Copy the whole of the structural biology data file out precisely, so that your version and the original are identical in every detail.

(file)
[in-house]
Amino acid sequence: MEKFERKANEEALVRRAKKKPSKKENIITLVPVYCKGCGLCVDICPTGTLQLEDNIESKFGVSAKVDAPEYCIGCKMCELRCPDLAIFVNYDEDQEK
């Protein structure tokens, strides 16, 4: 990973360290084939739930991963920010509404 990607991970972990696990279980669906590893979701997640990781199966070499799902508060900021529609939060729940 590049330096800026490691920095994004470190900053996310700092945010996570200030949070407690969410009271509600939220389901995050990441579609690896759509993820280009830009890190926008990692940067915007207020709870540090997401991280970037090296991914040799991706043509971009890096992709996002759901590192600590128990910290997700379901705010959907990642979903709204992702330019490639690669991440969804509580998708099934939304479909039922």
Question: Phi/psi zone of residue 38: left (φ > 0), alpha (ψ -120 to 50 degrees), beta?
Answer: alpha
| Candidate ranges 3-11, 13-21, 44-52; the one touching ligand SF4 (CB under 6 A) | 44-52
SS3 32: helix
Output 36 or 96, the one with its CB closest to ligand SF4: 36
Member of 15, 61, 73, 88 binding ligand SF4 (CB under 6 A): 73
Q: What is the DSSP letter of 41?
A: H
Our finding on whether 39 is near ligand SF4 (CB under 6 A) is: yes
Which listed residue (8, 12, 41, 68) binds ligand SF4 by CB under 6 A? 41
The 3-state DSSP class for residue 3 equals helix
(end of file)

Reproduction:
[in-house]
Amino acid sequence: MEKFERKANEEALVRRAKKKPSKKENIITLVPVYCKGCGLCVDICPTGTLQLEDNIESKFGVSAKVDAPEYCIGCKMCELRCPDLAIFVNYDEDQEK
């Protein structure tokens, strides 16, 4: 990973360290084939739930991963920010509404 990607991970972990696990279980669906590893979701997640990781199966070499799902508060900021529609939060729940 590049330096800026490691920095994004470190900053996310700092945010996570200030949070407690969410009271509600939220389901995050990441579609690896759509993820280009830009890190926008990692940067915007207020709870540090997401991280970037090296991914040799991706043509971009890096992709996002759901590192600590128990910290997700379901705010959907990642979903709204992702330019490639690669991440969804509580998708099934939304479909039922």
Question: Phi/psi zone of residue 38: left (φ > 0), alpha (ψ -120 to 50 degrees), beta?
Answer: alpha
| Candidate ranges 3-11, 13-21, 44-52; the one touching ligand SF4 (CB under 6 A) | 44-52
SS3 32: helix
Output 36 or 96, the one with its CB closest to ligand SF4: 36
Member of 15, 61, 73, 88 binding ligand SF4 (CB under 6 A): 73
Q: What is the DSSP letter of 41?
A: H
Our finding on whether 39 is near ligand SF4 (CB under 6 A) is: yes
Which listed residue (8, 12, 41, 68) binds ligand SF4 by CB under 6 A? 41
The 3-state DSSP class for residue 3 equals helix